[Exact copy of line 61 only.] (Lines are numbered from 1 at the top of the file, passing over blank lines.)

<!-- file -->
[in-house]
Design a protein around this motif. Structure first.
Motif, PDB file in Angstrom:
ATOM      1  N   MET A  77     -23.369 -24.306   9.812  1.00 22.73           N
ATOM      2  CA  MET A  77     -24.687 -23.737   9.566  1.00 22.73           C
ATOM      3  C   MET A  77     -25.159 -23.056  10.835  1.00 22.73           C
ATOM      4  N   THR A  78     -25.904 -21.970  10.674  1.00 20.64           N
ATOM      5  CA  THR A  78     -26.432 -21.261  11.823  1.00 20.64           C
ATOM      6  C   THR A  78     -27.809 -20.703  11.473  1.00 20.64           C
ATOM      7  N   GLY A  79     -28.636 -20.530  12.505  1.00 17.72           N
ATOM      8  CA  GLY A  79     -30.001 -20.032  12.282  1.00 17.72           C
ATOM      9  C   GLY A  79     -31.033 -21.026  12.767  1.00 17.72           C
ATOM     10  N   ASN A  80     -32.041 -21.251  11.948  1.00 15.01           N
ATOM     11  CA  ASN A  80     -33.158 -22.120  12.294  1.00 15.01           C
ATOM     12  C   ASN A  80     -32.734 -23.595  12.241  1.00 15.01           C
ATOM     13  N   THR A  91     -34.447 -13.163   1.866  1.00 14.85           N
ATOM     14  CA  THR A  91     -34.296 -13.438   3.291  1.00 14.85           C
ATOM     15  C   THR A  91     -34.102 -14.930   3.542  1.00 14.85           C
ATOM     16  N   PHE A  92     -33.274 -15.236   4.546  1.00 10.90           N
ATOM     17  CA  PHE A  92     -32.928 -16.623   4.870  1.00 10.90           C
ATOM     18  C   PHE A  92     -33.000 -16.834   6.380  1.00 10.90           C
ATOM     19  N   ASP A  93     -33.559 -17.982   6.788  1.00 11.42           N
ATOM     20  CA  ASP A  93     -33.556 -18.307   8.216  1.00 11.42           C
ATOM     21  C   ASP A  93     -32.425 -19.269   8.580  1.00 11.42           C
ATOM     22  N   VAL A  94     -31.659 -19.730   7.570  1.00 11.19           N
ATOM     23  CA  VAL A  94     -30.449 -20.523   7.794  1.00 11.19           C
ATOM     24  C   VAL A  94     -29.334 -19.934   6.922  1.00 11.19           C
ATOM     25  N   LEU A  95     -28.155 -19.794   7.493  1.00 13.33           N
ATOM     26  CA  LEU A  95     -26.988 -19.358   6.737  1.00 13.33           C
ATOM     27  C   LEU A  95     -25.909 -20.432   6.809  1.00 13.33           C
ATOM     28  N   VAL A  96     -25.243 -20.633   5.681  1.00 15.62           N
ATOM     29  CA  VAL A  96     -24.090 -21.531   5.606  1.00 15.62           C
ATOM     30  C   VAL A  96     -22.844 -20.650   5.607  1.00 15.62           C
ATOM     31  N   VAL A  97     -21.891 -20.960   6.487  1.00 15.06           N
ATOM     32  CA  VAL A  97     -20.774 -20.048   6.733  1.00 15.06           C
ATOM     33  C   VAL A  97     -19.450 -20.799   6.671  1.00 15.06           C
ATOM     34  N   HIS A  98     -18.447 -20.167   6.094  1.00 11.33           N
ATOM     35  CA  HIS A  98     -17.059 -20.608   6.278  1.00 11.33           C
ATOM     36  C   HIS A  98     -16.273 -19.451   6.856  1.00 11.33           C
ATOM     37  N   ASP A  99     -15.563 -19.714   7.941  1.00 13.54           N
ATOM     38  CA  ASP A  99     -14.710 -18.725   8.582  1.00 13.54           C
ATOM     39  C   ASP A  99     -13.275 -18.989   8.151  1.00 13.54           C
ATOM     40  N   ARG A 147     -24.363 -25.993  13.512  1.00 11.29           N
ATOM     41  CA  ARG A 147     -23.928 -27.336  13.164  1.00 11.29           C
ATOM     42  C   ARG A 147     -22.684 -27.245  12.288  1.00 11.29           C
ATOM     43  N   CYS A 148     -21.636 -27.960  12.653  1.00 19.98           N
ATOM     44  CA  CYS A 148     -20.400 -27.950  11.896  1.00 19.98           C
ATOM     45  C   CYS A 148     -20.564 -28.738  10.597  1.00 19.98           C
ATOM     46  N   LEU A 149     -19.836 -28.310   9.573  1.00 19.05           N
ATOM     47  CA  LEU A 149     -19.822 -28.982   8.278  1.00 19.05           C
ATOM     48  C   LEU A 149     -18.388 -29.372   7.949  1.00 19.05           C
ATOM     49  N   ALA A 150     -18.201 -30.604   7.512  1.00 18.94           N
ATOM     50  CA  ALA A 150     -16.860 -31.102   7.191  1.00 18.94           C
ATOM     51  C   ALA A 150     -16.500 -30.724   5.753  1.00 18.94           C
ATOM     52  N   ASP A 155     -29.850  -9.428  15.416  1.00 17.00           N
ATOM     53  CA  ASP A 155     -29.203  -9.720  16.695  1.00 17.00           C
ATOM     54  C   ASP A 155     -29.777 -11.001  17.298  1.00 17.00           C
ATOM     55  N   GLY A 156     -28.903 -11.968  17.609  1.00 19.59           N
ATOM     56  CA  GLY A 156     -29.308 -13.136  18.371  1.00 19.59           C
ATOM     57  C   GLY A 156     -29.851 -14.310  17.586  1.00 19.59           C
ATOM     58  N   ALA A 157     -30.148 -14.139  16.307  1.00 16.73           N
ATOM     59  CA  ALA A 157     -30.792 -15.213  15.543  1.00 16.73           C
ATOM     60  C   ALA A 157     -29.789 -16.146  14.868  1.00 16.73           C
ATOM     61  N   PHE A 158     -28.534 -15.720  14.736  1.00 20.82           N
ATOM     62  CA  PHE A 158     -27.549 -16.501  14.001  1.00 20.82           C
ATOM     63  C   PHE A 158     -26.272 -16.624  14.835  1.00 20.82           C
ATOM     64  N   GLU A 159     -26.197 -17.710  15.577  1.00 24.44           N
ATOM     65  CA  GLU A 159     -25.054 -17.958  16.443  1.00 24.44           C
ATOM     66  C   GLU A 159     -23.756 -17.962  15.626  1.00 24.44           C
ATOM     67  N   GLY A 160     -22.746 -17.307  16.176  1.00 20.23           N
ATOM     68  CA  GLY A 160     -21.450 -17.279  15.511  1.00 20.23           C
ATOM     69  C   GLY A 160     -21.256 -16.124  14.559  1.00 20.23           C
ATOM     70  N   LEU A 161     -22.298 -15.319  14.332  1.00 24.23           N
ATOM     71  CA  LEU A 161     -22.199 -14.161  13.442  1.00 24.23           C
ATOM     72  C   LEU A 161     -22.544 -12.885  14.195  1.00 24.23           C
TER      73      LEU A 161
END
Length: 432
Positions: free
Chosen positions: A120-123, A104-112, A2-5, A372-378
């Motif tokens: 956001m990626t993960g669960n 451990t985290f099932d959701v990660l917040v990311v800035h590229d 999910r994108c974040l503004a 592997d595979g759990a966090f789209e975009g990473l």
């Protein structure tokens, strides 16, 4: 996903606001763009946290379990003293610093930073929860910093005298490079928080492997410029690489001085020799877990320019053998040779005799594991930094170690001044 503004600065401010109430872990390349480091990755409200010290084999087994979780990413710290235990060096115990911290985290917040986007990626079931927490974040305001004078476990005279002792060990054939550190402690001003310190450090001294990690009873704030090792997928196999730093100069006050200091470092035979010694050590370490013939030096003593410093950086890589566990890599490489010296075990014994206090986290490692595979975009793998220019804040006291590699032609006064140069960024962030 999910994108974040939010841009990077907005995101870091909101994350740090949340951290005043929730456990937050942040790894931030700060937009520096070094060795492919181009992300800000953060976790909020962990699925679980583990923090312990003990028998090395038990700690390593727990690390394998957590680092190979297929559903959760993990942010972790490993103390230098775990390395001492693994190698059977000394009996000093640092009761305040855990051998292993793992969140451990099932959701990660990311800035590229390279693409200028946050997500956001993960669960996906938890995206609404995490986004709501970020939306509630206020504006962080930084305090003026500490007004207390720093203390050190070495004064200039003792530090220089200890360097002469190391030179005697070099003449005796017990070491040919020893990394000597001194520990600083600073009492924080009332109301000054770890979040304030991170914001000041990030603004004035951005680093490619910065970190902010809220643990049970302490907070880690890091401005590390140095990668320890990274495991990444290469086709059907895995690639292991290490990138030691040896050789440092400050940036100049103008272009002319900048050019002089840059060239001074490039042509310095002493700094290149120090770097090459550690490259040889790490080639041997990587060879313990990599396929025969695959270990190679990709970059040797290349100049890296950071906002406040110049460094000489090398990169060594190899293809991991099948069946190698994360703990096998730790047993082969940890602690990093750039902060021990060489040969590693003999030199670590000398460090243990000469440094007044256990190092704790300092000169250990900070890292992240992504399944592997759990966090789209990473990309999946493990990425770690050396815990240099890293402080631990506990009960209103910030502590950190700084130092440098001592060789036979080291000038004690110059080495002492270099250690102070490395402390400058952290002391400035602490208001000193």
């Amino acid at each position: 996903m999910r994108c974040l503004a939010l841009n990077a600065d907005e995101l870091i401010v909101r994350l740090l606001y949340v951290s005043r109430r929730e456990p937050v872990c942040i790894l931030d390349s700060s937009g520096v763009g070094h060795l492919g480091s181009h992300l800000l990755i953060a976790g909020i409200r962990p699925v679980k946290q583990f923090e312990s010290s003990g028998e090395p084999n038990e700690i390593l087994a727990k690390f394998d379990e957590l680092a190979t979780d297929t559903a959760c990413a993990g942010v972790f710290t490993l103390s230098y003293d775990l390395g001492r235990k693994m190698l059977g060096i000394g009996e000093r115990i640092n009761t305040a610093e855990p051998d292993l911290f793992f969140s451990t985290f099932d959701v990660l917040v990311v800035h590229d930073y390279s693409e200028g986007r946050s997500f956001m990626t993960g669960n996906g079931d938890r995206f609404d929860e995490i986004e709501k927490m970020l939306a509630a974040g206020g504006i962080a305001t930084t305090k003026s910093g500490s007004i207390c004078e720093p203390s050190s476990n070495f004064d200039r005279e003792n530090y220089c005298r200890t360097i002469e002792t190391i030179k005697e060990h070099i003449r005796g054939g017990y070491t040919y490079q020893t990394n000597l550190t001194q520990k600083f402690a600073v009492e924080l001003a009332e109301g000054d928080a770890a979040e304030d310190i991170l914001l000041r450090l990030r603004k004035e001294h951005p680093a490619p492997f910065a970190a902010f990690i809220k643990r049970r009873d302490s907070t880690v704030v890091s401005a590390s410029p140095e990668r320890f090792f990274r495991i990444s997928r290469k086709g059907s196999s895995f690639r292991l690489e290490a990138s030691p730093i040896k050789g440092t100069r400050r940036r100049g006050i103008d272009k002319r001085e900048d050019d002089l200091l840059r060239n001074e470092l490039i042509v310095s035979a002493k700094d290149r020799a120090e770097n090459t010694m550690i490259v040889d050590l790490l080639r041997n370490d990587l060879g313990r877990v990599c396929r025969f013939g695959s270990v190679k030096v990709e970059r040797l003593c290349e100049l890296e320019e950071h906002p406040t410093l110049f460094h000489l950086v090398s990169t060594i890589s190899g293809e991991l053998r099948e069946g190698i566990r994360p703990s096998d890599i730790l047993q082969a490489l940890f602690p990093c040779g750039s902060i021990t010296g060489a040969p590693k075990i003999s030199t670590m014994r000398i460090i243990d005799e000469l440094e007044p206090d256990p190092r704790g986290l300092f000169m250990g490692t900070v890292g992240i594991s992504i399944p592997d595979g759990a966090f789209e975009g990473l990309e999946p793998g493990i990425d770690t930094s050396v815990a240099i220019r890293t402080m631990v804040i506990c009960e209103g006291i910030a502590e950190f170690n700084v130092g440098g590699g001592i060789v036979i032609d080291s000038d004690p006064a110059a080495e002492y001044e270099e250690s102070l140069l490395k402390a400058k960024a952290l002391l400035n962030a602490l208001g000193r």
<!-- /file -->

ATOM     58  N   ALA A 157     -30.148 -14.139  16.307  1.00 16.73           N